Big Tobacco has prospered against pretty much everything — higher taxes, dreary health warnings, advertising bans and of course a sharp decline in the number of smokers. Take British American Tobacco for instance, which annual revenue and free cash-flow have doubled over the last decade; if you back out its stake in ITC, the group sells at just x7 cash earnings and for an 8% dividend yield.
The catch with BAT is that half of operating profits come from the U.S., while the "new categories" business — vapor, oral and tobacco heating products — has yet to print black ink despite scaling up fast. For those who argue that you can't have your cake and eat it too, Philip Morris may offer a more compelling alternative.
Few large caps rank as good as Philip Morris by the price-to-free cash-flow yardstick in MarketScreener's quantitative ratings. Valuation is admittedly nowhere near as attractive as BAT's, with shares trading just south of x15 cash earnings, but it still remains much below market averages.
That is in spite of a business that consistently delivers phenomenal returns on invested capital, in addition of sporting a significant advance in new categories. In effect, the smoke-free electronic device iQOS already brings in a third of Philip Morris' revenue. Adoption is growing fast and the segment should represent 50% of top line by 2025.
Meanwhile, the company still controls the largest share — roughly 20% — of the traditional cigarettes business worldwide. The latter is seeing steady volume declines, but this course is offset by formidable pricing power and stable consumption rates in emerging markets. As a result, earnings have held up remarkably well.
Tobacco is one of the most consolidated sector, protected by unassailable regulations and barriers to entry. And Philip Morris owns Marlboro, by far the industry's most valuable brand. This does not temper the urgency to improve sales of alternatives to cigarettes, but it does provide resilience and solid foundations to invest in the future.
Philip Morris has been a forerunner in the global RRP ("Reduced-Risk Products") category. With iQOS, the company has a 80% market share in heat-not-burn products. In addition, while innovators are rarely rewarded by superior unit economics, iQOS has higher net revenue and margin per stick than combustibles.
The product is available in 70 markets, with plans to get to over 100 markets within the next three years. It is hard not to salivate at the prospect of converting endless cohorts of smokers to new RPP products, especially if that allows Philip Morris to improve their already breathtaking 45% EBITDA margins in combustibles.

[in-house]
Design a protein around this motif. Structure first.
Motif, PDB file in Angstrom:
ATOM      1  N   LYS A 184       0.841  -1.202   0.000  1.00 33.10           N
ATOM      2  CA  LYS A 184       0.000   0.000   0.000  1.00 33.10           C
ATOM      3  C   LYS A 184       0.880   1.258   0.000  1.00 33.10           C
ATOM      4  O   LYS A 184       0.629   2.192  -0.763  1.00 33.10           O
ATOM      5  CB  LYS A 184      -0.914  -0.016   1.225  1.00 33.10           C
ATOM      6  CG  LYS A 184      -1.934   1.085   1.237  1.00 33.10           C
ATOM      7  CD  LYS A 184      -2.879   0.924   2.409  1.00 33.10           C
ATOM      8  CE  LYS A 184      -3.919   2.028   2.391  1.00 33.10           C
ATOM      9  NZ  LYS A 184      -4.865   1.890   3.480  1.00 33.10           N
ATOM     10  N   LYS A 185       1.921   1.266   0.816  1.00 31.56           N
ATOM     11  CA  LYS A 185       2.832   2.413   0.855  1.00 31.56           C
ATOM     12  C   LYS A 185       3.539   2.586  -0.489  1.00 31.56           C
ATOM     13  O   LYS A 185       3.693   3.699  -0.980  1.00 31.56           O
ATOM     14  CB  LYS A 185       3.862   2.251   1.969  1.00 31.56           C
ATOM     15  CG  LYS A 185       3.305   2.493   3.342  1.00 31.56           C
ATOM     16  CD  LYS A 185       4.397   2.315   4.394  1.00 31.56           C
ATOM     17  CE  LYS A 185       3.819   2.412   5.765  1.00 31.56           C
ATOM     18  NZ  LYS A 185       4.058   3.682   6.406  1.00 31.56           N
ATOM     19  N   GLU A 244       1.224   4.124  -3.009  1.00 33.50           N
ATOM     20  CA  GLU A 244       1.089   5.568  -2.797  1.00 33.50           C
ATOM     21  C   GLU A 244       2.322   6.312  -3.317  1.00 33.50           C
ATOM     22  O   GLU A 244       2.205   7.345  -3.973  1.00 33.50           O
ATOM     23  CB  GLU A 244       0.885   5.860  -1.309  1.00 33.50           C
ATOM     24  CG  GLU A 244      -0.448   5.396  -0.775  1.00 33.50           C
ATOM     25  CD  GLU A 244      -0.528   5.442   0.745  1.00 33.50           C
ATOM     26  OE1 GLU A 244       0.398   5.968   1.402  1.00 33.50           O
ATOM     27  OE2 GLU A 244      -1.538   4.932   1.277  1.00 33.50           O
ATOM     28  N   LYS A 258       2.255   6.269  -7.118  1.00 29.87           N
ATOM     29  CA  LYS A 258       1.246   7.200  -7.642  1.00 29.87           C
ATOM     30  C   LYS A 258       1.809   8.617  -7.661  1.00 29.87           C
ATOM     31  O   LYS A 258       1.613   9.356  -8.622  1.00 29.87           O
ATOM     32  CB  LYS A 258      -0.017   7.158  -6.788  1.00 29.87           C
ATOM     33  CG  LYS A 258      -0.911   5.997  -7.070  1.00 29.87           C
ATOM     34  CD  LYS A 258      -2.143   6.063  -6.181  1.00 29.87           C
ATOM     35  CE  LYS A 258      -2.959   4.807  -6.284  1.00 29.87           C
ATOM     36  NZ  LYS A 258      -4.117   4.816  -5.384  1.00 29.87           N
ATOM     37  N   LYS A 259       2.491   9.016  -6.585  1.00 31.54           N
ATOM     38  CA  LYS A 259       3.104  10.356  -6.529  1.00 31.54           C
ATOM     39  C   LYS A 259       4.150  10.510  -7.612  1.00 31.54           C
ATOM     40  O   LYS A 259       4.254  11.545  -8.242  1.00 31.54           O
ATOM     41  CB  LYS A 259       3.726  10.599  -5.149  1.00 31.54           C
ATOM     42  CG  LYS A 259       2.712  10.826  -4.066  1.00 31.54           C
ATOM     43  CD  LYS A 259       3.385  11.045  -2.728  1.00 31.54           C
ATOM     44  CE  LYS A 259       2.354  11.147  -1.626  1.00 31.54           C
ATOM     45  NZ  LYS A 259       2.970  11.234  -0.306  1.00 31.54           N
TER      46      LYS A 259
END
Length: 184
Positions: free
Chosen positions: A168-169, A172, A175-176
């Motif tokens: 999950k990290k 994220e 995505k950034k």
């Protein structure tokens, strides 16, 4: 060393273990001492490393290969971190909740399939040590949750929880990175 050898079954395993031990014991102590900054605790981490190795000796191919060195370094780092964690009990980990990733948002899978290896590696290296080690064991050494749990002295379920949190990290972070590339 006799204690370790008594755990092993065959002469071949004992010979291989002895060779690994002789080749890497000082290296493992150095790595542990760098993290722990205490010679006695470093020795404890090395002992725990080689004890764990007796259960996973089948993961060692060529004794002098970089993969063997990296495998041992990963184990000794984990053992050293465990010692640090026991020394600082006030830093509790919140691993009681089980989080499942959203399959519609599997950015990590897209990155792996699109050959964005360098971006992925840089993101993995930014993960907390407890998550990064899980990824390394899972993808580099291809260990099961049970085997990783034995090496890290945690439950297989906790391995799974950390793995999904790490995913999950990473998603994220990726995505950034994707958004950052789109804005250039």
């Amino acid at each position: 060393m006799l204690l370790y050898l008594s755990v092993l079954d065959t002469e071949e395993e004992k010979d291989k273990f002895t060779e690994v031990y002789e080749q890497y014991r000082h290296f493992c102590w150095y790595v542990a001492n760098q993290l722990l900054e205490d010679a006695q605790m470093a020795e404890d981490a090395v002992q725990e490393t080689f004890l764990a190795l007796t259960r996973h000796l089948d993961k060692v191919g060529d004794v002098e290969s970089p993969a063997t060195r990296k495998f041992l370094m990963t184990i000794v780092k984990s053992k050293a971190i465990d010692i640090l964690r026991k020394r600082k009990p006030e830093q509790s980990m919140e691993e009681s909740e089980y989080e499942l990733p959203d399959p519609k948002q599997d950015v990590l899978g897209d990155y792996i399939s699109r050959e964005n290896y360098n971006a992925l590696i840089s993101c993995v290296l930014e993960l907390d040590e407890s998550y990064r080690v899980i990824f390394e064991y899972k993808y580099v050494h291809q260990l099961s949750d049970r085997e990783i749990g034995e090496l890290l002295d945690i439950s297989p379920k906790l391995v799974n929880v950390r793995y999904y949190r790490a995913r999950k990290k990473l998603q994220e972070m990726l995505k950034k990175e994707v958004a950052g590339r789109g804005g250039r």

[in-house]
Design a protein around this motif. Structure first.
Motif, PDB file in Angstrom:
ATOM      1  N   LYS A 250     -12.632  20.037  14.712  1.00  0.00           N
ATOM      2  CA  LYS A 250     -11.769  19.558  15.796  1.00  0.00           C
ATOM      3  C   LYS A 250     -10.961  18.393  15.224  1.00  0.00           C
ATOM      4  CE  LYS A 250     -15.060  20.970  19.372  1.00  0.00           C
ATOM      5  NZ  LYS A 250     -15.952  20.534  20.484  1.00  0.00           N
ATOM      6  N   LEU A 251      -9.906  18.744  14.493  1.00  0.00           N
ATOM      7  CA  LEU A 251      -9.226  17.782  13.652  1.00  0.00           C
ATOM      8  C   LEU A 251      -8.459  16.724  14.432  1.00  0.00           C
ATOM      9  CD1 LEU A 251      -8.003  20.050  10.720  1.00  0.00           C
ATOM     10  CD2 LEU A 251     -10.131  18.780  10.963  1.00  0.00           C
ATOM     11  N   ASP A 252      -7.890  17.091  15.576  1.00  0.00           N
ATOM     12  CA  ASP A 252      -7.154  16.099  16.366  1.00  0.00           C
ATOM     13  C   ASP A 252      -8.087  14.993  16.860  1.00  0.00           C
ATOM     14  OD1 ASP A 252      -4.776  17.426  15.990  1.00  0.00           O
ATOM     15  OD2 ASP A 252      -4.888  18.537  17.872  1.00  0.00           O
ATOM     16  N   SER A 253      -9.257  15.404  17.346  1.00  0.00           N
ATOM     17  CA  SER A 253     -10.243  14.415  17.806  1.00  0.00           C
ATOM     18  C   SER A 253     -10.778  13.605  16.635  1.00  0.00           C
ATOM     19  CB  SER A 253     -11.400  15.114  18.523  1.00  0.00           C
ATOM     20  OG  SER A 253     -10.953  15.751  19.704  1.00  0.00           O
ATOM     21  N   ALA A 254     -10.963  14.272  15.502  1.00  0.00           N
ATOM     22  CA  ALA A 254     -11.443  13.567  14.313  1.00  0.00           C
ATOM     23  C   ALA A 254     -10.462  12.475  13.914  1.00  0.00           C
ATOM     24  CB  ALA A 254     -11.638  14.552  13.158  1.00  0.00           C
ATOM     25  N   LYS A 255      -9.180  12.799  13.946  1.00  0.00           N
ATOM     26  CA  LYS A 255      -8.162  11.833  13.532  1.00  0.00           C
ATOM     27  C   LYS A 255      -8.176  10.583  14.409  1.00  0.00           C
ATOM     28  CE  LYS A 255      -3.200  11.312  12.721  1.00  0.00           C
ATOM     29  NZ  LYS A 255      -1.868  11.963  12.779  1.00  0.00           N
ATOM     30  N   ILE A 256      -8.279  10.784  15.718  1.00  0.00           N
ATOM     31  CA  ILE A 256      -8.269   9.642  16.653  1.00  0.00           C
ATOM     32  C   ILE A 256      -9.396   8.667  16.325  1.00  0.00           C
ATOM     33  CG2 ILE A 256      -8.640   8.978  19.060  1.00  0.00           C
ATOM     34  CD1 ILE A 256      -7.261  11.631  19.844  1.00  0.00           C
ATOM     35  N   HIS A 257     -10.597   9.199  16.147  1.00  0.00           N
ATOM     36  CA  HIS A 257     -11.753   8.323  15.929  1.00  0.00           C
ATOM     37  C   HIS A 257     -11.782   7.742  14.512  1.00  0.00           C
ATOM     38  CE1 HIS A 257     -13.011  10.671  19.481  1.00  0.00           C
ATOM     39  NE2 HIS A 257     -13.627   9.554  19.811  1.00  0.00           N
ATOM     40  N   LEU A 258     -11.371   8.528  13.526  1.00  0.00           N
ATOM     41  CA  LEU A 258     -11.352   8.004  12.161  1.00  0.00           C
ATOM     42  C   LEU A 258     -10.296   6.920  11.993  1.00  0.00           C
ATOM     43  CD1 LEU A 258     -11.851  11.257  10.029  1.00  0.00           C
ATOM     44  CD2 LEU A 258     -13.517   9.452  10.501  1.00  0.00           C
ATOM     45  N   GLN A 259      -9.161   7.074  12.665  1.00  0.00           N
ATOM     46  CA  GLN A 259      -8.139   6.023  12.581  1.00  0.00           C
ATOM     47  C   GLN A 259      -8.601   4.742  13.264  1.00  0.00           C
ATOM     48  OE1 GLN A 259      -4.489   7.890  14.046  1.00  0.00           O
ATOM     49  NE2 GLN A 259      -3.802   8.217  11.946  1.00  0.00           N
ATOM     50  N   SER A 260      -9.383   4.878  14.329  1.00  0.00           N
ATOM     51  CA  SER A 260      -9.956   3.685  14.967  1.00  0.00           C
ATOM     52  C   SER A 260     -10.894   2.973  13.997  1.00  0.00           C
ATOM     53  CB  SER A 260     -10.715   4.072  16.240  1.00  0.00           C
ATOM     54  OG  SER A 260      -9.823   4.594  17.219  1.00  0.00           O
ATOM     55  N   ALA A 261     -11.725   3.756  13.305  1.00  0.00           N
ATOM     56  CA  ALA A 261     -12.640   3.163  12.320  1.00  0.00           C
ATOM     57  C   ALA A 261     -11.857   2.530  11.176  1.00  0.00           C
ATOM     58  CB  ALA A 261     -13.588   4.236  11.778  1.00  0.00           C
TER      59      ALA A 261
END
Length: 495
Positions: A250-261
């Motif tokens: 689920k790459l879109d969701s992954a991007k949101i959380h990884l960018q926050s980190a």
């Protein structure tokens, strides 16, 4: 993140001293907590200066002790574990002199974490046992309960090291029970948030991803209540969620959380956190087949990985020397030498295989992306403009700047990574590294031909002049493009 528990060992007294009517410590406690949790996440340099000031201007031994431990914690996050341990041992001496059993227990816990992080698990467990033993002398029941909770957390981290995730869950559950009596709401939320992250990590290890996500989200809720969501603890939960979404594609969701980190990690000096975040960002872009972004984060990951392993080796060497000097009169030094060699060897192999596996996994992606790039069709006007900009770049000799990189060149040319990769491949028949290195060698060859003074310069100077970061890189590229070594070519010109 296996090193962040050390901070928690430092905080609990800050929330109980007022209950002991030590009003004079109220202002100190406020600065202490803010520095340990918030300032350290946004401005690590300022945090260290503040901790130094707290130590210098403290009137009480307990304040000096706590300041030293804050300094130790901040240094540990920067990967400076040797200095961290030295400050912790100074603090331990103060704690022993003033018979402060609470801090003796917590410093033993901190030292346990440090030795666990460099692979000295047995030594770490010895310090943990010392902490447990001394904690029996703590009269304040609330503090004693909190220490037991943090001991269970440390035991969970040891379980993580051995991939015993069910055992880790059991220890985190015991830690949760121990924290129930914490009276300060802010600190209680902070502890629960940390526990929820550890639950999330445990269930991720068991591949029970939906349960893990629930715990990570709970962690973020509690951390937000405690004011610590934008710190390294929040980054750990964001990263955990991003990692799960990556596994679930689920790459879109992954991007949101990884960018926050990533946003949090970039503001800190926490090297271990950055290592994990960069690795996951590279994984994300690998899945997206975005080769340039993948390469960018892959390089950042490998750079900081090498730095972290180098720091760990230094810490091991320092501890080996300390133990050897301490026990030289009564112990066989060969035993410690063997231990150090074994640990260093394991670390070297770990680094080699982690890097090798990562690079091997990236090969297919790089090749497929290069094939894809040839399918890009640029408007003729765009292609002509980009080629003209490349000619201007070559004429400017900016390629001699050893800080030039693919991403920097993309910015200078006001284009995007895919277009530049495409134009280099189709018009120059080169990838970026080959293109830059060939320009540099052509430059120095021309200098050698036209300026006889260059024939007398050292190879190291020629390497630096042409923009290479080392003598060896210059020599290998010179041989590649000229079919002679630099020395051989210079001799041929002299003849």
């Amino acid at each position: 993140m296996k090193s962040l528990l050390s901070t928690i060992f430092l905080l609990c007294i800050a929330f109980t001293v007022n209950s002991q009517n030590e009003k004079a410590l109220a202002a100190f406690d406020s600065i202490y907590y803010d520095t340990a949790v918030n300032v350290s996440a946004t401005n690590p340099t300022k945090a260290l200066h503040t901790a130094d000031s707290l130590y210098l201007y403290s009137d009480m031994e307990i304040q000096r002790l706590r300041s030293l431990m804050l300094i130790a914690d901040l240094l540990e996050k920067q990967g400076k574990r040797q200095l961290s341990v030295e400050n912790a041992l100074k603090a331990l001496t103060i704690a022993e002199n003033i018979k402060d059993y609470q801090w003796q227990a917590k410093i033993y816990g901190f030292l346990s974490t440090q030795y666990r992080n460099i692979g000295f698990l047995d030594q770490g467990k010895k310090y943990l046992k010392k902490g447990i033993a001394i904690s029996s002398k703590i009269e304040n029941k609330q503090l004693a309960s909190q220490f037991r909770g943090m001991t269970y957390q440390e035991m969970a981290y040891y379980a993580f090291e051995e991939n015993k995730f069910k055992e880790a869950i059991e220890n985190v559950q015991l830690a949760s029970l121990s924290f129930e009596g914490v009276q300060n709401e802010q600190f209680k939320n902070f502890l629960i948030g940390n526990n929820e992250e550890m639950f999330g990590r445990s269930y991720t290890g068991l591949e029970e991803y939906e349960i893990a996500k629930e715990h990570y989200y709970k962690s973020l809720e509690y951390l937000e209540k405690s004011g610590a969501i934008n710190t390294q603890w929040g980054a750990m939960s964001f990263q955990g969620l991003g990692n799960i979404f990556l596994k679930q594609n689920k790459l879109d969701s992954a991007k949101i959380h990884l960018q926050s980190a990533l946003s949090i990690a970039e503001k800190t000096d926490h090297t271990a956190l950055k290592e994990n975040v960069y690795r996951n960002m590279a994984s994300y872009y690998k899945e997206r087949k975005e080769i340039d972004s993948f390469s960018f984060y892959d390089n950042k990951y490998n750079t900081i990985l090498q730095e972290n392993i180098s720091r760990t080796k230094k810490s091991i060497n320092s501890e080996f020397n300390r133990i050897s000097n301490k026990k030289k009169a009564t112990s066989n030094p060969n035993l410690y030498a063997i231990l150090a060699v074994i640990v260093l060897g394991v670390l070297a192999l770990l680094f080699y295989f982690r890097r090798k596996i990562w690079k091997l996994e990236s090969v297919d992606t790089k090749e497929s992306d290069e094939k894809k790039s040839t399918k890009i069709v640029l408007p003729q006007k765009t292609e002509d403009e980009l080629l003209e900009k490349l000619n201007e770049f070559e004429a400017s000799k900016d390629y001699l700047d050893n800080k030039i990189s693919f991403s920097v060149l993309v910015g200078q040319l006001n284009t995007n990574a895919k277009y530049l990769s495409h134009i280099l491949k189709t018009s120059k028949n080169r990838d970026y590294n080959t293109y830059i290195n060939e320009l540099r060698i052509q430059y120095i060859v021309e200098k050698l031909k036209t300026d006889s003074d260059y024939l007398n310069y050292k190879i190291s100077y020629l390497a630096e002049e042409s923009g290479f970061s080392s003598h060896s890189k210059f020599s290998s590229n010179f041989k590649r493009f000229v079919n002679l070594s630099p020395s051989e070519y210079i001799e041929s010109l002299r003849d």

British American Tobacco, for its part, has instead chosen to focus on vapor with its Vuse brand. Time will tell which product — vapor or heat-not-burn — will dominate, but profits-wise iQOS is still sprinting far ahead. A reasonable assumption is that there will be room for both. iQOS seems to have won customer preference so far, but there are other considerations at stake.
An example would be the steep regulatory setback that Philip Morris suffered in the U.S., where the International Trade Commission has banned iQOS following a patent dispute with British American Tobacco. Philip Morris, which has granted Altria — its former parent — a license to sell the device in the U.S., plans to appeal the trade agency’s decision**.**
Generally speaking, Philip Morris has been willing to distance itself from the U.S., which is perceived as too risky despite remaining the most lucrative tobacco market. In a move that signals maximum prudence and differentiates its strategy from BAT's, the company recently called off the long-entertained prospect or a merger with Altria.
In other places, notably Europe, regulators have welcomed iQOS and favored its roll-out by limiting excise taxes. The idea was to lower pricing and incentive consumers to switch to less harmful smoking alternatives. This has helped Philip Morris, the leader in combustibles and first-mover in RPP, to consolidate its position as the largest marketing and distribution force in the industry.
Cannabis is the other massive call option beyond tobacco. The raw material, supply chain, regulatory scrutiny and distribution challenges are similar. Philip Morris is in an enviable position to leverage its formidable infrastructure and take part in a rapidly growing industry that is expected to be worth over $30bn in Europe aline within five years.
The greatest risk, as usual with the industry, would be punitive regulatory crackdowns. Combustibles are still the big money spinner, in particular at BAT. RPP alternatives have been encouraged but are themselves not without concerns to health authorities. With that being said, there are only finite gains that stiffer regulatory pressure can achieve. At some point it does more harm than good, for instance when it entices illicit trade and dries up bountiful tax revenue sources.